Head uptown for old-school soul food and world-famous Italian fare at the best Harlem restaurants in NYC
By Time Out New York contributors, Dan Q Dao and Rheanna O'Neil Bellomo
New Yorkers are a tough breed, but when the winter chill really sets in, you’re bound to see bargoers flocking to nearby cocktail bars in town. Amidst frosty winds and wet snowfall, even the most hardened urbanite will appreciate rustic warmth of a roaring fire. From romantic bars to hoppy beer bars, these are the best bars with fireplaces NYC has to offer. Trust us, they're lit.
Best bars with fireplaces in NYC
Photograph: Alex Strada
On weekends when escaping the city isn’t a viable option, head to this cabinlike space for a rustic retreat. Your objective: Snag a seat around the wood-burning brick hearth. Though the wine list offers a wide variety of options, sip the mulled vino to eradicate any chill left in your bones.
You’ll have to battle the hotel’s out-of-town guests to score a seat in the Art Deco–inspired environs, but it’s well worth it if you can secure one of the overstuffed couches or chairs by the gas furnace. Arrive early, pretend like you own the place and enjoy a stiff Negroni or Old Fashioned.
Photograph: Emilie Baltz
A fortune teller greets patrons at this comfortably-worn reproduction of a prohibition speakeasy. There’s a rousing scene in front, a mix of diehard regulars and industry types who jockey for the attentions of the chef-coat–clad barkeeps. Of all of the city’s craft cocktail joints Employees Only is among the most populist, with enough nerd-baiting tipples on the menu to please aficionados without alienating everyone else. Easy sipping libations include the floral Provencal, a silky blend of lavender-infused gin, vermouth steeped with herbs de Provence and Cointreau. More seasoned drinkers can call for a Hi-Octane Fix, made with aged rum and scotch, Cocchi di Torino vermouth, Grand Marnier and bitters.
Photograph: Courtesy Annie Schlechter
Lower East Side
The downtown-grunge–meets–your-rich-aunt’s-house vibe at this Lower East Side den practically invites you to sink into the trendy velvet couches beside a stone-facade fireplace. Cuddle up by the hearth with one of Dirty French’s belly-warming concoctions, like the slow-burning but smooth Muddy Water (Irish whiskey, cumin-spiced rye, cinnamon, chocolate mole bitters) or the sweeter, more festive Chai Matsuda, which blends chai-spiced bourbon, espresso and cardamom.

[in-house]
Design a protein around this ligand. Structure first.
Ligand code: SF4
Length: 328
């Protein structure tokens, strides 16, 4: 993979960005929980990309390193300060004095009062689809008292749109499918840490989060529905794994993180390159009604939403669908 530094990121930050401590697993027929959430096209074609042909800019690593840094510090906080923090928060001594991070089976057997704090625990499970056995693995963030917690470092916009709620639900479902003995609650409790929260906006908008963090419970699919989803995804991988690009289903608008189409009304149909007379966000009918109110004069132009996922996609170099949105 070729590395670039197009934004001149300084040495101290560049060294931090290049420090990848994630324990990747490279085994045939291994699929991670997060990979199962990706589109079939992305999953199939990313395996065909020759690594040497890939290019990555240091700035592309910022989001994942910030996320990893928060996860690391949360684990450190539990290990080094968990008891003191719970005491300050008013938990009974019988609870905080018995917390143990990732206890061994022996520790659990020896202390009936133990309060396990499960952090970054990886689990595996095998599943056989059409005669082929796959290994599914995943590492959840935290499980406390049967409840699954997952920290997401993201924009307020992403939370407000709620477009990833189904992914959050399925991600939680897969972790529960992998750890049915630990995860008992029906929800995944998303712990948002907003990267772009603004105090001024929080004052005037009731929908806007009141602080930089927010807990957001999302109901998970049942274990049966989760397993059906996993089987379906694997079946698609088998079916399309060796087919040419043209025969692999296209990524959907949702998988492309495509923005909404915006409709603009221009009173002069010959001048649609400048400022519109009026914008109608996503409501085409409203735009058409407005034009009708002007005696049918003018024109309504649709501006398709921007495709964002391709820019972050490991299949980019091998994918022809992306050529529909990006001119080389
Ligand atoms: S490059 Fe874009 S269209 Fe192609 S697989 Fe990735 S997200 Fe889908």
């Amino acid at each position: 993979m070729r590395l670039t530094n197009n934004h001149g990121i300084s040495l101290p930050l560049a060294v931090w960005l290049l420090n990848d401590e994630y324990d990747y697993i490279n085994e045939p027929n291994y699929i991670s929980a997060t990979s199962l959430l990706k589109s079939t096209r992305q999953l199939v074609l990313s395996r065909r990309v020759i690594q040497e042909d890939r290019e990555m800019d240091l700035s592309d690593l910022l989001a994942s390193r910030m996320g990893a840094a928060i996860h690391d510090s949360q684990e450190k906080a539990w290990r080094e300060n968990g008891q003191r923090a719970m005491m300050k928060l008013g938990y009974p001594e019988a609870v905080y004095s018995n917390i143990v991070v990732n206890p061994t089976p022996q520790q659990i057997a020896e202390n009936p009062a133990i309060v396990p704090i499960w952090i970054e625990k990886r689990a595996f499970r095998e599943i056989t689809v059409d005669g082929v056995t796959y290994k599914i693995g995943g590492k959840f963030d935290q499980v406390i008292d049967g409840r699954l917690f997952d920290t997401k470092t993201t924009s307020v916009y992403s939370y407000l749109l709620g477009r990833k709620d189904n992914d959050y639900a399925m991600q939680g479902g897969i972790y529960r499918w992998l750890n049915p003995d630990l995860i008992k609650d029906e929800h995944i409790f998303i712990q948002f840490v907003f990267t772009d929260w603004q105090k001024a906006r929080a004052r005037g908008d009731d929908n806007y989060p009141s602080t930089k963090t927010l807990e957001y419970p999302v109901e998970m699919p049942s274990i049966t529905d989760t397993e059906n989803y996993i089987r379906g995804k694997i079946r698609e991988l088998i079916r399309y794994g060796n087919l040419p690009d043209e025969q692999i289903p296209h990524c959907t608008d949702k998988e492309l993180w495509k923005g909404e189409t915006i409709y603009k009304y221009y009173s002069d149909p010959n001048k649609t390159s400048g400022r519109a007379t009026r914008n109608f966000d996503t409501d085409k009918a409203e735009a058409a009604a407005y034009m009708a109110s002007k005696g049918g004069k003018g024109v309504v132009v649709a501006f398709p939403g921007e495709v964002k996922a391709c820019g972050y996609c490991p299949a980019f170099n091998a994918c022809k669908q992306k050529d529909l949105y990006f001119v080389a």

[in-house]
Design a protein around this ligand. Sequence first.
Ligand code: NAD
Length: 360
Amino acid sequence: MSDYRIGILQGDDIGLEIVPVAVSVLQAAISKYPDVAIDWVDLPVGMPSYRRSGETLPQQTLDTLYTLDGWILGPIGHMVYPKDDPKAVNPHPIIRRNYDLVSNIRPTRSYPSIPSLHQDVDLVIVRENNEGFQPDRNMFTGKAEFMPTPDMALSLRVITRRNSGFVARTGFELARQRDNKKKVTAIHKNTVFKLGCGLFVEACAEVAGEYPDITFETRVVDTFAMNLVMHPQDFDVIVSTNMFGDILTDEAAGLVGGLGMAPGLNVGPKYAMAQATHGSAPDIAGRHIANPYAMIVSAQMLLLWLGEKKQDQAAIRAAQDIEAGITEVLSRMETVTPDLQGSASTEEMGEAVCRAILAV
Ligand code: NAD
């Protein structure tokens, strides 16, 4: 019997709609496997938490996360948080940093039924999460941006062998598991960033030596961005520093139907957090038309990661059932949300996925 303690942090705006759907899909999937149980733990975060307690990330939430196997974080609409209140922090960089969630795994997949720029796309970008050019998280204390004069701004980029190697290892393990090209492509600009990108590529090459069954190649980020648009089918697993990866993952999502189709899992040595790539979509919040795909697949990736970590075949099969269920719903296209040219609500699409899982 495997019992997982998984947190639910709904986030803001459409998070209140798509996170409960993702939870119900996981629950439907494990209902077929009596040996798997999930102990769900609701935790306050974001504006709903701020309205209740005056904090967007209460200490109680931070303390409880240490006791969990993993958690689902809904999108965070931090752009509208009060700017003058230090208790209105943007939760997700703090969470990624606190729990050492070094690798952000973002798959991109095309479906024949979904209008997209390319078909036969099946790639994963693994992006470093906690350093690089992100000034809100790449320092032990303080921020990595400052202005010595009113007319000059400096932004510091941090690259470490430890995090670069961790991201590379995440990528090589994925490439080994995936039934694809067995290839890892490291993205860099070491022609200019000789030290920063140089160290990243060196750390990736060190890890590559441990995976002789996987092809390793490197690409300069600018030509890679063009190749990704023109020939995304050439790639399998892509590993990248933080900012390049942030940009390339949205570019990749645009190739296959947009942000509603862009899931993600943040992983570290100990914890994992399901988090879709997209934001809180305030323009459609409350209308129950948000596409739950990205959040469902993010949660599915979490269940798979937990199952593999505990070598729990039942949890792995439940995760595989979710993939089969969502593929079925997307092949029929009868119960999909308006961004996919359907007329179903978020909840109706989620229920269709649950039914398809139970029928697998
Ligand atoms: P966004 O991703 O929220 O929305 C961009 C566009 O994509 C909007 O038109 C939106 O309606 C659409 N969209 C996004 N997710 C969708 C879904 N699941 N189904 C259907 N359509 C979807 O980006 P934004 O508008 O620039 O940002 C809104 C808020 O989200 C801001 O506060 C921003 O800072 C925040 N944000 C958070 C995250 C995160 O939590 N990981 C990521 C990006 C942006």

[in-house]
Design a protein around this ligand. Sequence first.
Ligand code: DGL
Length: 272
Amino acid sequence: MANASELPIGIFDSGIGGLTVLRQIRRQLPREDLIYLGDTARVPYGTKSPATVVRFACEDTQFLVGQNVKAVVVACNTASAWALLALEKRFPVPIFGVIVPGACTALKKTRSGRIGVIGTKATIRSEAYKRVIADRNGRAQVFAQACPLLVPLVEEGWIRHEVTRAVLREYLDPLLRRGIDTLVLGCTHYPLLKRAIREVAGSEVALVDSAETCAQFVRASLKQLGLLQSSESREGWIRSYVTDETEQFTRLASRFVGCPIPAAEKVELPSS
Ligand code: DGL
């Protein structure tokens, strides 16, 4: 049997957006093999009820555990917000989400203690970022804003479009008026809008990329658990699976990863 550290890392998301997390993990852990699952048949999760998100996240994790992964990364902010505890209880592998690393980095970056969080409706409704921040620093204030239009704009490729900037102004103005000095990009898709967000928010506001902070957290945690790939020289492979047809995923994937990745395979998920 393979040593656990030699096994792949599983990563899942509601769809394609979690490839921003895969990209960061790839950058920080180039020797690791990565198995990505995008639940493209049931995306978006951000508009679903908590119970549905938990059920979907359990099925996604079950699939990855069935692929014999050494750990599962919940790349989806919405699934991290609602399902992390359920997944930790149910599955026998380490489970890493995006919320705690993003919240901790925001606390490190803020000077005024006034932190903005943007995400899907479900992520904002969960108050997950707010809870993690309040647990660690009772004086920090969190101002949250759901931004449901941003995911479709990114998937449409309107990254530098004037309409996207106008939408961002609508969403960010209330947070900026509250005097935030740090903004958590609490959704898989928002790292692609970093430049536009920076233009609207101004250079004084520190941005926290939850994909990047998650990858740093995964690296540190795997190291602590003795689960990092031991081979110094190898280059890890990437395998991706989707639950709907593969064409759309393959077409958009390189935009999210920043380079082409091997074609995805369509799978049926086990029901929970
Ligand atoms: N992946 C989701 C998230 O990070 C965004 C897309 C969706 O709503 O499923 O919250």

Photograph: Filip Wolak
The Lately is decidedly different from the nose-in-the-air 1Oak– and Tao-type clubs that pepper the neighboring blocks: The door policy is open, and the bartenders are quick to strike up conversations with lone imbibers or offer free shots to those who live in the area. And the rustic, wood-paneled barroom is warm as well, decked out in upscale cabin decor with a working fireplace, duck statuettes and forest-green walls. Even if the guests, primarily wearing clubgoing attire, might have been pining for the more-exclusive PH-D, the Lately is a refreshing addition to the ’hood for those who have been looking for something a little more magnanimous throughout the years. Better late than never.
Photograph: Caroline Voagen Nelson
This cavernous, bi-level venue may not fit the textbook definition of intimate, but the flickering stone fireplace is damn cozy. Commandeer the plush couch or one of the chairs near the hearth and settle in for the night with a hot Irish Nut with Bailey’s and amaretto coffee.
Photograph: Courtesy The Jane Ballroom
This lounge from Sean MacPherson and Eric Goode is home to the most raging midweek party in lower Manhattan. The Ballroom is nearly as stunning as the crowd it attracts, with an offbeat tableau of stuffed beasts and mismatched couches. Though you can easily stake out a seat early on, the real festivities don’t usually get going until after midnight, when the dancing—fueled by cocktails—starts migrating onto tables and chairs. Our only complaint about the Jane? How long the line is.
Photograph: Courtesy The Polo Bar
Upstairs from the subterranean restaurant from clothing empire Ralph Lauren, find a long mahogany-toned barroom emblazoned with jockey portraits and 19th-century riding trophies, offering gratis bowls of fried olives to offset the $21 you’ll inevitably pony up for an old-fashioned. The fireplace in the very back is the cherry on top of the handsome, boys club space.
Photograph: Jolie Ruben
Ease into a seat near the gas-powered, black-laquered hearth and scan the list of tipples, like the frothy New York Harvest (bourbon, applejack, lemon, egg white, red wine). The bar often has limited hours and can get crowded; be sure to call ahead and make a reservation so you’re not left out in the tourist-ridden streets of Midtown.
Photograph: Courtesy The Flatiron Room